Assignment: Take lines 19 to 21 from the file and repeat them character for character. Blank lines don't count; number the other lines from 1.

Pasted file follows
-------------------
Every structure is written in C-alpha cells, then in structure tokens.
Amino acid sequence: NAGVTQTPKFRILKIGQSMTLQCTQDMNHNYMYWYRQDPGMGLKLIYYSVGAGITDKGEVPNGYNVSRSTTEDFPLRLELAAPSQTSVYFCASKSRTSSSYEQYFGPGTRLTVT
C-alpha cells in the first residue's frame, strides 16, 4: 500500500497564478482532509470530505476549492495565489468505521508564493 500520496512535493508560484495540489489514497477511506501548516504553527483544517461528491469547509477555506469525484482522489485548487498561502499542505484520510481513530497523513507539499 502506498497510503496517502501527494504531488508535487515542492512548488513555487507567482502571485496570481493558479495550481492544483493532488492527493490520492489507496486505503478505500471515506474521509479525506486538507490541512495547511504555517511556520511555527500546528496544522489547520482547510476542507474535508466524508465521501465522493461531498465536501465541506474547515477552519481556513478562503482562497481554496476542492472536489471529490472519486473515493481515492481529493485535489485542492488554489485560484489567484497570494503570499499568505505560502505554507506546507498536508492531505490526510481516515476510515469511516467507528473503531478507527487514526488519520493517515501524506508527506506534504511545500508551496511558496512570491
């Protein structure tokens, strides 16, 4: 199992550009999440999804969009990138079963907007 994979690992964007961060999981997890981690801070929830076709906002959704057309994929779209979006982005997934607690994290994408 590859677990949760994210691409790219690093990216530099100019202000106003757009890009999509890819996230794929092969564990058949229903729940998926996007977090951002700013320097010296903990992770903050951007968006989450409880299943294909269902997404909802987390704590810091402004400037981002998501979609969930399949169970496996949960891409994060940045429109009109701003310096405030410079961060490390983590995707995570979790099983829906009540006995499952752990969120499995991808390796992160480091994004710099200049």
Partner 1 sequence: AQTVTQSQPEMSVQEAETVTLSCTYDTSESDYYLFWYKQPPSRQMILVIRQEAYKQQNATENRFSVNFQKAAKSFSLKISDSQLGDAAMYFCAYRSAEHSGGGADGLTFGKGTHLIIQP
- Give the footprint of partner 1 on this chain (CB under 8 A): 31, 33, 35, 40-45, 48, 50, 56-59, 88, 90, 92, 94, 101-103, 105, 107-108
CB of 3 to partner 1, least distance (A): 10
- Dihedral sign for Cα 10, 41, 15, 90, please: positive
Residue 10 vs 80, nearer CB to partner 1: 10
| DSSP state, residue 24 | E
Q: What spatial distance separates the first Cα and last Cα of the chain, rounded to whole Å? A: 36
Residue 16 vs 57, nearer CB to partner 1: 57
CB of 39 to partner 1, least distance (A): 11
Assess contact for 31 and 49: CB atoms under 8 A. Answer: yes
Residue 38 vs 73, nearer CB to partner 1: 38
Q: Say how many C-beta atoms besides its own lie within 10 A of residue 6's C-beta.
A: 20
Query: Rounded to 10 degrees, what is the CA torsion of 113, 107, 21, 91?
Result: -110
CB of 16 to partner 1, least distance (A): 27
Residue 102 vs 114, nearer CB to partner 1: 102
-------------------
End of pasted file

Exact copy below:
Result: -110
CB of 16 to partner 1, least distance (A): 27
Residue 102 vs 114, nearer CB to partner 1: 102